Editorial – Divorce, Part I

Divorce is generally the end of a relationship that was originally intended to continue. Although Lucifer could have chosen to remain as a covering cherub, the highest of all the angelic host, he left his position. Eventually, “He who was once the covering cherub, whose work it was to hide from the heavenly intelligences the glory of God, perverted his intellect, and divorced himself from God. If a being so exalted could fall so low as to become the author of sin, let not man boast, but learn to wear gracefully the yoke of Christ, revealing His meekness and lowliness, believing on Him, cooperating with Him.” The Upward Look, 286.

Concerning this divorce there was no hope of a reinstatement: “Understanding the character of God, knowing His goodness, Satan chose to follow his own selfish, independent will. This choice was final. There was no more that God could do to save him.” The Desire of Ages, 762.

However not all divorces are final. “It is a wonderful thing that after man had violated the law of God and separated himself from God, was divorced, as it were, from God—that after all this there was a plan made whereby man should not perish, but that he should have everlasting life. . . .” In Heavenly Places, 11.

“The world, divorced from God by sin, has been restored to favor by the sacrifice of his Son. With his own body the Saviour has bridged the gulf that sin has made.” The General Conference Bulletin, April 8, 1901.

“Christ took upon him the nature of man, that he might carry man with him, and place him in the domains of mercy, in the arms of the infinite God. Through disobedience, man had divorced himself from God, and had become an apostate against his government. But it was God’s design that man should be restored, and again have access to the tree of life.” Review and Herald, May 30, 1899.

Following a divorce, the relationship cannot be developed again without a price being paid. In the case of Adam’s sin, the price involved all heaven in sacrifice. For the human being, who wants again to have the benefits of this atonement, a price must be paid—this price is not in terms of money or merit developed from human works. It is repentance toward God and faith in Jesus Christ as both savior and Lord. (See Acts 2:36; Acts 20:21.) This price includes everything, every asset that a man has. (See Luke 14:33.)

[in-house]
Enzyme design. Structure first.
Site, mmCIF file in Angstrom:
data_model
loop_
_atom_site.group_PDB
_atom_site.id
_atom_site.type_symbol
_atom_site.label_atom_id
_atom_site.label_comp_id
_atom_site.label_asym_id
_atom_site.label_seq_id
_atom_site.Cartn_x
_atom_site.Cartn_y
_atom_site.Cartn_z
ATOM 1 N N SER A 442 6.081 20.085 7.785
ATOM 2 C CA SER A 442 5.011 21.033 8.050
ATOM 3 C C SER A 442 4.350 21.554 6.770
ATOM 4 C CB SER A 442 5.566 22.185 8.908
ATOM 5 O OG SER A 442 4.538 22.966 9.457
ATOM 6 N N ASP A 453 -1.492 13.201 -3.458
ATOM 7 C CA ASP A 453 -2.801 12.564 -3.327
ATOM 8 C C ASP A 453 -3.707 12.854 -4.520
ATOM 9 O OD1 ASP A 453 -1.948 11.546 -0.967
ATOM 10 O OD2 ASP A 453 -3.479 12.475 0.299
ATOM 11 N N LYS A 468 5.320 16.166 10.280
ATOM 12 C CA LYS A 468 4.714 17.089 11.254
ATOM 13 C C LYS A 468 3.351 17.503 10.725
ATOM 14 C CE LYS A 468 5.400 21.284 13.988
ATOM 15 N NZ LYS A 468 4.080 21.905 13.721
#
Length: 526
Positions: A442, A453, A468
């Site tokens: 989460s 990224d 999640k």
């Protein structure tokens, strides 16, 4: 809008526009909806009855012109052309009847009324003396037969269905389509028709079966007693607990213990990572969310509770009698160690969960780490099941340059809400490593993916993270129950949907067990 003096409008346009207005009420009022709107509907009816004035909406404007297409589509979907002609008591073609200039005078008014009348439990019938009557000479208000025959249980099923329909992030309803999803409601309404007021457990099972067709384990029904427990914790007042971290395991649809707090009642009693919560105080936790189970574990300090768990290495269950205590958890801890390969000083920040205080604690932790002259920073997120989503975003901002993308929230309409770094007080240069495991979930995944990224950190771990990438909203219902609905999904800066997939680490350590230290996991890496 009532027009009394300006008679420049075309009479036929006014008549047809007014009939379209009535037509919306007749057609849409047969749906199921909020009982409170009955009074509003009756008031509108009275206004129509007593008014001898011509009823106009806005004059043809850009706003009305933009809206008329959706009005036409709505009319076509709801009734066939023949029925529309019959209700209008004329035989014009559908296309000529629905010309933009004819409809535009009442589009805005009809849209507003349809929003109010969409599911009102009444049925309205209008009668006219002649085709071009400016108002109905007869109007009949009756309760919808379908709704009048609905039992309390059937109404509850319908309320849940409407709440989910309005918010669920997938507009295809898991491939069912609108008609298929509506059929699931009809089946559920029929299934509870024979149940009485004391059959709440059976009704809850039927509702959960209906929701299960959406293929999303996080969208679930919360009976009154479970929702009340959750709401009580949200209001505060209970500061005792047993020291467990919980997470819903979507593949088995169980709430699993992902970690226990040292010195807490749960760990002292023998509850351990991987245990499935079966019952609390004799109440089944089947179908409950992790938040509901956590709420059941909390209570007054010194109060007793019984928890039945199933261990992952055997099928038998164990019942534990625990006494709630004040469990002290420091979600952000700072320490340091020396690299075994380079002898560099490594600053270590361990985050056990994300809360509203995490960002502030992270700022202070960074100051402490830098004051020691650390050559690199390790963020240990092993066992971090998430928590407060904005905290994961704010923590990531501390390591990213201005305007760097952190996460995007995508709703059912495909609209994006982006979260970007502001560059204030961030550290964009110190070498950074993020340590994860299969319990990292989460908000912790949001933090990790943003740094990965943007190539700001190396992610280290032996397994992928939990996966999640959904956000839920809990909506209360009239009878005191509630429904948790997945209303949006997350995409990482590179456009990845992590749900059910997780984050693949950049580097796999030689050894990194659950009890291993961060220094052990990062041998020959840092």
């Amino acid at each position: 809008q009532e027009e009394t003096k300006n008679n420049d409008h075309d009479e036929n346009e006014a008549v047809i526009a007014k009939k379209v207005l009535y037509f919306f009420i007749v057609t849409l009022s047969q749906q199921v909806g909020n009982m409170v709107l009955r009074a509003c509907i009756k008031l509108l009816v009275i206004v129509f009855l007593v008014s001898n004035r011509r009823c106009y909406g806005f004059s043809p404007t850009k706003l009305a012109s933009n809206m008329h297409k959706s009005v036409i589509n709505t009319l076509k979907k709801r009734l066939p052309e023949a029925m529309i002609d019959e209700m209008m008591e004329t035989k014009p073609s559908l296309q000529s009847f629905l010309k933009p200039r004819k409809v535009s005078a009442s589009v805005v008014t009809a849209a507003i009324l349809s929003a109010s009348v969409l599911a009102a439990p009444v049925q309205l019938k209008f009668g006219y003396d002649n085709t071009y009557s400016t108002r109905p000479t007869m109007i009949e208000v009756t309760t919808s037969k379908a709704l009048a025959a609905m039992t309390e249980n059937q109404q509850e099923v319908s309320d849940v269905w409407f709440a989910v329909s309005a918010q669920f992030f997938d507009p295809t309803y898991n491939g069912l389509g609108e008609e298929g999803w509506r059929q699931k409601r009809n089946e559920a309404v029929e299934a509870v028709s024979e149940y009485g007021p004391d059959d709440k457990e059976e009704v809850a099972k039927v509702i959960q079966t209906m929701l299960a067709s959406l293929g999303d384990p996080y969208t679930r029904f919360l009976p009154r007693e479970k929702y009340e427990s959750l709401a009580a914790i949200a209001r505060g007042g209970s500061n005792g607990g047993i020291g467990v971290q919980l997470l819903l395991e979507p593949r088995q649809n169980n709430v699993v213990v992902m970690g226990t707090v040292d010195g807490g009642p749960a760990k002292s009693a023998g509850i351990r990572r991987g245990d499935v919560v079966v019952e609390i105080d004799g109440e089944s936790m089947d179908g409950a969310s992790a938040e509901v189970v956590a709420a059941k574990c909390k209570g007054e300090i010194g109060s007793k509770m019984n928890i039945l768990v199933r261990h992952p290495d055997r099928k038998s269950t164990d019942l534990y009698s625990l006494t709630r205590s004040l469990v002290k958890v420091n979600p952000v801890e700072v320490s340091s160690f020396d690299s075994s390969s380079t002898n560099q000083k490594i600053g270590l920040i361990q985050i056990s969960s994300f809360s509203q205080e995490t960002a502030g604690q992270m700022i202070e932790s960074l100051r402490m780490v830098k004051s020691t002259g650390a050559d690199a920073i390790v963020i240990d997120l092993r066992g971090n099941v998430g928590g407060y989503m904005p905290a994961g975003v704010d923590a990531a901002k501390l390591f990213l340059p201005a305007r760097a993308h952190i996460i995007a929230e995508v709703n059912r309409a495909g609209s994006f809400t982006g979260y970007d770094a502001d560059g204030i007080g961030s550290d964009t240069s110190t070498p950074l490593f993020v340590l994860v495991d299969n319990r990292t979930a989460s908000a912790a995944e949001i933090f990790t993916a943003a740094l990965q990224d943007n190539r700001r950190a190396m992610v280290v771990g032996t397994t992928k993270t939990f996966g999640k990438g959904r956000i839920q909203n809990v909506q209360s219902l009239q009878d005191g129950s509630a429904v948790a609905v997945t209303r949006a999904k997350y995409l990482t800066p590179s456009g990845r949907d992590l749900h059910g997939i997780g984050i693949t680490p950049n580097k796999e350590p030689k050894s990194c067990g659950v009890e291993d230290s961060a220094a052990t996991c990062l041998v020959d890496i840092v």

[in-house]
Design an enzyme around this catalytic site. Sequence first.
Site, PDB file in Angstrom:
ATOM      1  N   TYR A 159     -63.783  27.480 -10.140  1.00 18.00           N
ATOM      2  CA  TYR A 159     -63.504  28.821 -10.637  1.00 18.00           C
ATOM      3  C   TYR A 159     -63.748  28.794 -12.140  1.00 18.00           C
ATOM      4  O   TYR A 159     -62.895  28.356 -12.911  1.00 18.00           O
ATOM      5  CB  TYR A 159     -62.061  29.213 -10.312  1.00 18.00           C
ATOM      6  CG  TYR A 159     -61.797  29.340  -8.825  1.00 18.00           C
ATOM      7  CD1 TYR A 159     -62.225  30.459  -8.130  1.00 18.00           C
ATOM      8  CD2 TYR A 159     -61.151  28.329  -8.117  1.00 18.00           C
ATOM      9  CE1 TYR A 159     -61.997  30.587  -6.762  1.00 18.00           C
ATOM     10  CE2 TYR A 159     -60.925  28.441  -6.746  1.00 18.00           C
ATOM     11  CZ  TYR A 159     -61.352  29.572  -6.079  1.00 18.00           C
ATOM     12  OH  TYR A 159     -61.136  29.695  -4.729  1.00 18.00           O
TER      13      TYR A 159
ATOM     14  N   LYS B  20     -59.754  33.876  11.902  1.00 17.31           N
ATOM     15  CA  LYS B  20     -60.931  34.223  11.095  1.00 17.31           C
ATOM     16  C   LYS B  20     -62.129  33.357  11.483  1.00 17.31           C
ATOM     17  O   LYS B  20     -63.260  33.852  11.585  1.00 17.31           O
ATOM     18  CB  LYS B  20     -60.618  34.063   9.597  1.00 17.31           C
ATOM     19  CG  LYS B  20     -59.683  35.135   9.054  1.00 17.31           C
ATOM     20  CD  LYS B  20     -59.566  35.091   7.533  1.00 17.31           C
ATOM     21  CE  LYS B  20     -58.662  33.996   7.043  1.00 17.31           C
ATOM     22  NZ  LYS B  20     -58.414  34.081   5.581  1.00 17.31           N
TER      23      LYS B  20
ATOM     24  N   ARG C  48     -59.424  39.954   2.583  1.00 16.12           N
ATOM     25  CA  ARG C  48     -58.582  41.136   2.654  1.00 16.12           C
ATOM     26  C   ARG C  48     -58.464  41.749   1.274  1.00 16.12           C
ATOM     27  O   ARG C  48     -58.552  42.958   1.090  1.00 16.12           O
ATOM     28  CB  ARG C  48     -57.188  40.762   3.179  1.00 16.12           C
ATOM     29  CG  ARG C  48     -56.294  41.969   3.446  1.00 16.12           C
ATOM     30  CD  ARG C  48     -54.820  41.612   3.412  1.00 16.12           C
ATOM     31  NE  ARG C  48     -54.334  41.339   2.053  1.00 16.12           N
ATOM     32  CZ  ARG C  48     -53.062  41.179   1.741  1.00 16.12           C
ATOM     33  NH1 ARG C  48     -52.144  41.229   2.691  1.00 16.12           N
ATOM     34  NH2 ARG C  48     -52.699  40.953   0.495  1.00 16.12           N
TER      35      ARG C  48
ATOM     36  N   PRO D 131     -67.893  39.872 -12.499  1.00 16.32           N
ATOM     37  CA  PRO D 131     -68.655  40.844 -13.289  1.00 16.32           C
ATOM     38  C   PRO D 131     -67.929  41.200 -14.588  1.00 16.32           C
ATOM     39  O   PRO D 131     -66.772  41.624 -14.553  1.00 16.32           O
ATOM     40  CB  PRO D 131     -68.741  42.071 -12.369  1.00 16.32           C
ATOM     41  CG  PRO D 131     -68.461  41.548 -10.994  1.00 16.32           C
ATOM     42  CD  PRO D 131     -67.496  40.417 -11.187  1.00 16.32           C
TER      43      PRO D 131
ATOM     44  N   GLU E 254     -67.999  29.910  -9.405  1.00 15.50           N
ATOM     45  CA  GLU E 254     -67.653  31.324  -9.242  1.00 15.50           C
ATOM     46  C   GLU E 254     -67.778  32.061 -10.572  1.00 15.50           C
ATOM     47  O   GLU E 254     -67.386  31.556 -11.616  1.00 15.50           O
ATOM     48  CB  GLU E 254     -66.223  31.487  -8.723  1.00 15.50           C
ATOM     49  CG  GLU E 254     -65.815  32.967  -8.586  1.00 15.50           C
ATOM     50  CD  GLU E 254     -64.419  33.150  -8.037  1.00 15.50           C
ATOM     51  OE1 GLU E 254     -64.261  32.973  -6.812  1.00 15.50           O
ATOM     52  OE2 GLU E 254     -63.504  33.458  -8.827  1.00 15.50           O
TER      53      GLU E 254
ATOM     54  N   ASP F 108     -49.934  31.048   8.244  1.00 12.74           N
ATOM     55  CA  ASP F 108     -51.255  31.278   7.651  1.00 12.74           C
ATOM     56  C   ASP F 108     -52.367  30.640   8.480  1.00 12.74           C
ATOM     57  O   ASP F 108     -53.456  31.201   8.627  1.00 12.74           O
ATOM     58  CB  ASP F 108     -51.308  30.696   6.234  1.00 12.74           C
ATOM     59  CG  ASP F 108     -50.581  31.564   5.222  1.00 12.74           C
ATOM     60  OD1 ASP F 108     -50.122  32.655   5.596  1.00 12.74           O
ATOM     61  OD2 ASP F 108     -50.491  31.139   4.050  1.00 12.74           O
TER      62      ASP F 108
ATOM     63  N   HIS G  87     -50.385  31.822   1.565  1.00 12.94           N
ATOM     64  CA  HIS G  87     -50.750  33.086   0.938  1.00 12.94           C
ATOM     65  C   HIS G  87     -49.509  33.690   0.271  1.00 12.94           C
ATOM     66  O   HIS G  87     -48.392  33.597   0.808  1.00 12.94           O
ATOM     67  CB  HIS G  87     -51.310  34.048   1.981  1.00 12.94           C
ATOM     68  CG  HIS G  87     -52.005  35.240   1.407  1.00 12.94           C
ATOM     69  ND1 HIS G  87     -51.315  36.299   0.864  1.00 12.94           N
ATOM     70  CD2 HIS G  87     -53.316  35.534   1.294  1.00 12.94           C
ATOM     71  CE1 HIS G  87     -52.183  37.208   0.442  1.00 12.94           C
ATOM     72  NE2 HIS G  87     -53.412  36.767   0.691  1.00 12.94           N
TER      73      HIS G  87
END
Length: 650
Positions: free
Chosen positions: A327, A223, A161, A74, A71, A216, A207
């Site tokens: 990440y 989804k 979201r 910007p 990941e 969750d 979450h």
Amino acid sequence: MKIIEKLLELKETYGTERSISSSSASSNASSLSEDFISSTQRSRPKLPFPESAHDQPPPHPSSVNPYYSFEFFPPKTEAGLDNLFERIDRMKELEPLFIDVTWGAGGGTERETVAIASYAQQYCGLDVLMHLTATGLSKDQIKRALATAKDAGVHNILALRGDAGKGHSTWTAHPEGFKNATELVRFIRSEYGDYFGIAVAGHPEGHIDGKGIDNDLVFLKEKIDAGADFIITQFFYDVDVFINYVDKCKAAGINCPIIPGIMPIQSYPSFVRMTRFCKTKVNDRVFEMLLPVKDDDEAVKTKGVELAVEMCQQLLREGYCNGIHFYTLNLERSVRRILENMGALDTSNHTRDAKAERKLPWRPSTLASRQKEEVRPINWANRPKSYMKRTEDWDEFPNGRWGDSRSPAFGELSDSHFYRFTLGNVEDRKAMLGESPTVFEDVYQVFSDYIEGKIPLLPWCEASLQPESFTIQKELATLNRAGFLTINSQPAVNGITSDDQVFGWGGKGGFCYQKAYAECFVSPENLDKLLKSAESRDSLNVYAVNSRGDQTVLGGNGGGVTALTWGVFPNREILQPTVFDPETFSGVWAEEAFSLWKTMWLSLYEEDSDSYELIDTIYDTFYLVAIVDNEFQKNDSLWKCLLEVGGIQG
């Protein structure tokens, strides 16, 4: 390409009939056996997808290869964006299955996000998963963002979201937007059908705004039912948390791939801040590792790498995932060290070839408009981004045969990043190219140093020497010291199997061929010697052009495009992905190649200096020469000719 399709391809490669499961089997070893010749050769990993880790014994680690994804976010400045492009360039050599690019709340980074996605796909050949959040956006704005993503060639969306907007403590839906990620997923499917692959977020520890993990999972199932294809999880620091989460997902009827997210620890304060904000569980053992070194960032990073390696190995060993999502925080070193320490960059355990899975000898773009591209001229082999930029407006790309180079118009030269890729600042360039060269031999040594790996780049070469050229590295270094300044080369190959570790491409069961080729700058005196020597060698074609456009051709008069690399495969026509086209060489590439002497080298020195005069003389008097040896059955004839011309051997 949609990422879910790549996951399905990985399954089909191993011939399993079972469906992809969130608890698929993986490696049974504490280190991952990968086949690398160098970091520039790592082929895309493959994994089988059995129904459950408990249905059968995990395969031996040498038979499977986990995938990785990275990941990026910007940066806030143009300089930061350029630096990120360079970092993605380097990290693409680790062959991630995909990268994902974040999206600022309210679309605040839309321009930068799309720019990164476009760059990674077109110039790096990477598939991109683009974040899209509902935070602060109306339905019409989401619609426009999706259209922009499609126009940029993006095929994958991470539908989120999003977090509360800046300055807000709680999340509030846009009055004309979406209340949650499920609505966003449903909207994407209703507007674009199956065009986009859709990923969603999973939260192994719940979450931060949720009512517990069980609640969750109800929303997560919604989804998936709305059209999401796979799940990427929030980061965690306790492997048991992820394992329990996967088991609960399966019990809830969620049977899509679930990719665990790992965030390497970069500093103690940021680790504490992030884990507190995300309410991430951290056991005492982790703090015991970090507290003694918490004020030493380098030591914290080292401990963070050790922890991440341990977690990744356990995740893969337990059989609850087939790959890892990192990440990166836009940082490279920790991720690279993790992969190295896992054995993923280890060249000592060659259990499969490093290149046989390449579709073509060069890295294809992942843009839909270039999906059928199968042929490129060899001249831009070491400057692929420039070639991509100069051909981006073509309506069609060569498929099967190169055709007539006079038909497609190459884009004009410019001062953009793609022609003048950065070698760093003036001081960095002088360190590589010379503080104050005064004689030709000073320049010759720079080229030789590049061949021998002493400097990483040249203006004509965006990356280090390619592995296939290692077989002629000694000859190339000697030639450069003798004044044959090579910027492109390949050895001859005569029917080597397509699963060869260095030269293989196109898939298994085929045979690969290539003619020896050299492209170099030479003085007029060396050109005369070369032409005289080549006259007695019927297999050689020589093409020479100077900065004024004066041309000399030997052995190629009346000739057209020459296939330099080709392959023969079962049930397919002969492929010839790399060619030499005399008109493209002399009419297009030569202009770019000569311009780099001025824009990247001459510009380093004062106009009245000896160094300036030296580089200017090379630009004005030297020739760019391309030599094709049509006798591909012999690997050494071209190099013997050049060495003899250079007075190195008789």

The development of a relationship with God again, after a divorce has occurred, has happened many times in human history. For example, Isaiah writes, “Thus says the Lord, where is the certificate of divorce by which I sent your mother away? . . . Behold you were sold for your iniquities and for your transgressions your mother was sent away. . . . Is my hand so short that it cannot ransom or have I no power to deliver?” Isaiah 50:1, 2. (See also Jeremiah 3:1–20.)

The forbearance of God, in allowing rebels or offenders against His law and government to return and repent, is beyond our comprehension. It happens over and over again, often for a period of many years. However, the forbearance of God does have limits, and there comes a time, just as in the case of Lucifer, when the choice becomes final, and an irrevocable or final divorce is enacted. We want to understand this, because during the closing period of the age of grace, Bible prophecy predicts a final divorce occurring again.

To be continued . . .